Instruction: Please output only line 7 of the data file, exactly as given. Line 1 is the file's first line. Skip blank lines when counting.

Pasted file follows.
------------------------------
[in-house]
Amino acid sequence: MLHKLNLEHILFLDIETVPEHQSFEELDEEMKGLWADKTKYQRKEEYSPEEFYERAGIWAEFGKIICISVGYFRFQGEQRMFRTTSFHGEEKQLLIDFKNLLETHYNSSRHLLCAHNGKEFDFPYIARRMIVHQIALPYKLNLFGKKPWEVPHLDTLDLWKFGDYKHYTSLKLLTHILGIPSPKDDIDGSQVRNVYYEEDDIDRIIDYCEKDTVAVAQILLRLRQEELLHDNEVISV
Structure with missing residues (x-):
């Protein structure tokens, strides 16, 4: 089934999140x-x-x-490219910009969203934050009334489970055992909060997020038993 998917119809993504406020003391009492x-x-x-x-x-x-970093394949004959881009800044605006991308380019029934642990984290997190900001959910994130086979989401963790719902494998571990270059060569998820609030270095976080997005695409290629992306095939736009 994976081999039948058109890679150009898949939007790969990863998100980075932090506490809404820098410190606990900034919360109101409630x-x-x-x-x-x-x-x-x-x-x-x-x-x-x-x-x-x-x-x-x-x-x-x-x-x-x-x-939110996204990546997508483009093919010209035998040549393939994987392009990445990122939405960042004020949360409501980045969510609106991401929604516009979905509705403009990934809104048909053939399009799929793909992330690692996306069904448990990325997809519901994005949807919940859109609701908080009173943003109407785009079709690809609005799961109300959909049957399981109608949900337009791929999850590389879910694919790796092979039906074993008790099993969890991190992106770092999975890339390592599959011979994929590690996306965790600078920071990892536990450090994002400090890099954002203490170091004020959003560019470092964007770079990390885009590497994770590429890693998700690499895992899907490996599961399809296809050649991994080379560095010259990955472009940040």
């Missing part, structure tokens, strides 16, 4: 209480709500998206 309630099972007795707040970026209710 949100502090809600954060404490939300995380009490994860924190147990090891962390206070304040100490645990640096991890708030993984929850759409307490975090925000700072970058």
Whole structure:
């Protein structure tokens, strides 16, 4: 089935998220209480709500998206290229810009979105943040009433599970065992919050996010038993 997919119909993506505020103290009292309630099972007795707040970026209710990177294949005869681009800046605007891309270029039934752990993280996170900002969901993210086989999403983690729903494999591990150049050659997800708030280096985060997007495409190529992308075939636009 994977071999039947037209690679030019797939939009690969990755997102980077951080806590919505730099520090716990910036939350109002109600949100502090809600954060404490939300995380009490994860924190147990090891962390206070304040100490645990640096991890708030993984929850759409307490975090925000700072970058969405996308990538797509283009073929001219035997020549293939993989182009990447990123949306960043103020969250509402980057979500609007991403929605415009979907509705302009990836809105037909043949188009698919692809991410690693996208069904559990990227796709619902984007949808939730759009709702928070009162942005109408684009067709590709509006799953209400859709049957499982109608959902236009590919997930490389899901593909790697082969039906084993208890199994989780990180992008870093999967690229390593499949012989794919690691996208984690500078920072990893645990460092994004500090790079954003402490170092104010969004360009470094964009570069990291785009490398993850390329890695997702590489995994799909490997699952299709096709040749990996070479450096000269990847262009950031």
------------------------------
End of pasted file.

């Protein structure tokens, strides 16, 4: 089935998220209480709500998206290229810009979105943040009433599970065992919050996010038993 997919119909993506505020103290009292309630099972007795707040970026209710990177294949005869681009800046605007891309270029039934752990993280996170900002969901993210086989999403983690729903494999591990150049050659997800708030280096985060997007495409190529992308075939636009 994977071999039947037209690679030019797939939009690969990755997102980077951080806590919505730099520090716990910036939350109002109600949100502090809600954060404490939300995380009490994860924190147990090891962390206070304040100490645990640096991890708030993984929850759409307490975090925000700072970058969405996308990538797509283009073929001219035997020549293939993989182009990447990123949306960043103020969250509402980057979500609007991403929605415009979907509705302009990836809105037909043949188009698919692809991410690693996208069904559990990227796709619902984007949808939730759009709702928070009162942005109408684009067709590709509006799953209400859709049957499982109608959902236009590919997930490389899901593909790697082969039906084993208890199994989780990180992008870093999967690229390593499949012989794919690691996208984690500078920072990893645990460092994004500090790079954003402490170092104010969004360009470094964009570069990291785009490398993850390329890695997702590489995994799909490997699952299709096709040749990996070479450096000269990847262009950031």